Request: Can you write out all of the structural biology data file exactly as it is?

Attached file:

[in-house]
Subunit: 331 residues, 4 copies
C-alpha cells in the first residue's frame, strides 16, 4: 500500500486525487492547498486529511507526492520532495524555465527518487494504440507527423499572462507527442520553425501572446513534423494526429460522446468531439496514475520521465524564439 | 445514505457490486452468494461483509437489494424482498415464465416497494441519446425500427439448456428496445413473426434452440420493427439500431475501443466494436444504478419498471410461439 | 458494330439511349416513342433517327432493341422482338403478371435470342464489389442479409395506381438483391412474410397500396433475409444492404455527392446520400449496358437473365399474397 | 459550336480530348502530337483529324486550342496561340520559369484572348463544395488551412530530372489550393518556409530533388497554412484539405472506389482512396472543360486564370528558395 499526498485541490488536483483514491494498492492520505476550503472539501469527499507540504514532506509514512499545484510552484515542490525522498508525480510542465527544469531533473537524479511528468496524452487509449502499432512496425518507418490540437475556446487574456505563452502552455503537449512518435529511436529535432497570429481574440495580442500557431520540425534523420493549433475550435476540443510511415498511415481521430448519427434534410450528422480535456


[in-house]
Subunit: 331 residues, 4 copies
C-alpha cells in the first residue's frame, strides 16, 4: 500500500486525487492547498486529511507526492520532495524555465527518487494504440507527423499572462507527442520553425501572446513534423494526429460522446468531439496514475520521465524564439 | 445514505457490486452468494461483509437489494424482498415464465416497494441519446425500427439448456428496445413473426434452440420493427439500431475501443466494436444504478419498471410461439 | 458494330439511349416513342433517327432493341422482338403478371435470342464489389442479409395506381438483391412474410397500396433475409444492404455527392446520400449496358437473365399474397 | 459550336480530348502530337483529324486550342496561340520559369484572348463544395488551412530530372489550393518556409530533388497554412484539405472506389482512396472543360486564370528558395 499526498485541490488536483483514491494498492492520505476550503472539501469527499507540504514532506509514512499545484510552484515542490525522498508525480510542465527544469531533473537524479511528468496524452487509449502499432512496425518507418490540437475556446487574456505563452502552455503537449512518435529511436529535432497570429481574440495580442500557431520540425534523420493549433475550435476540443510511415498511415481521430448519427434534410450528422480535456